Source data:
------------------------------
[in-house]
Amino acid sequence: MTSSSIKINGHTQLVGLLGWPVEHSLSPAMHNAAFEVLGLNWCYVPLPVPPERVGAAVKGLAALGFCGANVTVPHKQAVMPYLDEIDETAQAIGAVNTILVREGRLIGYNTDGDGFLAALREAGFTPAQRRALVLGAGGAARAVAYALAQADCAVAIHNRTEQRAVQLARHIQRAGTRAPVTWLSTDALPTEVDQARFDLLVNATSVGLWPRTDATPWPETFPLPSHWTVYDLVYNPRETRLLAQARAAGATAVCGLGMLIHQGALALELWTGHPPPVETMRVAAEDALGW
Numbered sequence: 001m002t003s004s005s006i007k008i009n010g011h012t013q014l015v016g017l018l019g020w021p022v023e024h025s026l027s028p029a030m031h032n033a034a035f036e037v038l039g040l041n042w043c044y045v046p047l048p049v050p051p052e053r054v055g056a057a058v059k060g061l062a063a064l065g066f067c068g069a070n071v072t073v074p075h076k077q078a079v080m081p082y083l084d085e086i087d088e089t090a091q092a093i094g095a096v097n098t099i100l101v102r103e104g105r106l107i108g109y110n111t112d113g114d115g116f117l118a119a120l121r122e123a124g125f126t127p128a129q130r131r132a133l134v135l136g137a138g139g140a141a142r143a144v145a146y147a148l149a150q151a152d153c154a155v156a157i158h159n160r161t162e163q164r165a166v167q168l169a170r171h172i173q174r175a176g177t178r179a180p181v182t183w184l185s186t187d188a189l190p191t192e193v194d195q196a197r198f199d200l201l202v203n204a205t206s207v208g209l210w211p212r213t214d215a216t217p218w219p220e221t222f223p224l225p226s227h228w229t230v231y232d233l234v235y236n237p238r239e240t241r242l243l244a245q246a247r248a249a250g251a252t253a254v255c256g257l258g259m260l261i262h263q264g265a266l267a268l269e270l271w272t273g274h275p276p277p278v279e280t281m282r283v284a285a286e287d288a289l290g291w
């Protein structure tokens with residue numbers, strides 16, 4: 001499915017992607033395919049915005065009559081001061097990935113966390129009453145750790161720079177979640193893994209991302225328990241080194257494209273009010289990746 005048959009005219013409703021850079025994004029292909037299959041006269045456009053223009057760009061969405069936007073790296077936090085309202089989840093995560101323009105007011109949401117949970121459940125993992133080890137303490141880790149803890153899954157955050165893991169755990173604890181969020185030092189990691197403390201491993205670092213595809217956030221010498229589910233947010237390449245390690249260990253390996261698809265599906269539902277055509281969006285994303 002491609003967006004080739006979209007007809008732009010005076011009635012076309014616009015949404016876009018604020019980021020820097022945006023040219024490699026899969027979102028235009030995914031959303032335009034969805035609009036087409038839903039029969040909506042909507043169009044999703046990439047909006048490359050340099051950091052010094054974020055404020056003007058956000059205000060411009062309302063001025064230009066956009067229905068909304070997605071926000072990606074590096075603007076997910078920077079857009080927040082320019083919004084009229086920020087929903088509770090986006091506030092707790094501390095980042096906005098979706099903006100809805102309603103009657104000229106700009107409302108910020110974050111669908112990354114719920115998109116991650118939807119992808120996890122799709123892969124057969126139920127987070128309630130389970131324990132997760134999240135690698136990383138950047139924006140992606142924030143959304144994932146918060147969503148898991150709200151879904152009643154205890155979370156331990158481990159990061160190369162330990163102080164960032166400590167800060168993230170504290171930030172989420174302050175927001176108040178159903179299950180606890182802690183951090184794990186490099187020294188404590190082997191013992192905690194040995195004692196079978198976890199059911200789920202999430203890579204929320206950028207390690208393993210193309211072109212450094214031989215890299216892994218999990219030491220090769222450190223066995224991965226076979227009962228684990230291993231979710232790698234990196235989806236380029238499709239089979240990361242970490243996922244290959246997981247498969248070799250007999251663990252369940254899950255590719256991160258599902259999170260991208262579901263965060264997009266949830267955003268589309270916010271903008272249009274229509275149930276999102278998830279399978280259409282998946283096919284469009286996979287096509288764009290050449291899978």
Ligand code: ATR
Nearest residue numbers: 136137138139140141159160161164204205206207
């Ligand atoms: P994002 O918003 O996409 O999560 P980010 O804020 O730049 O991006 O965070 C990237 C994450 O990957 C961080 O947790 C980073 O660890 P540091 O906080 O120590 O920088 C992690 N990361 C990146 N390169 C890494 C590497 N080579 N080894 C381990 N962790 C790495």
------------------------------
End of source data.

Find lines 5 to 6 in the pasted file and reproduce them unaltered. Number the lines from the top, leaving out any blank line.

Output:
Ligand code: ATR
Nearest residue numbers: 136137138139140141159160161164204205206207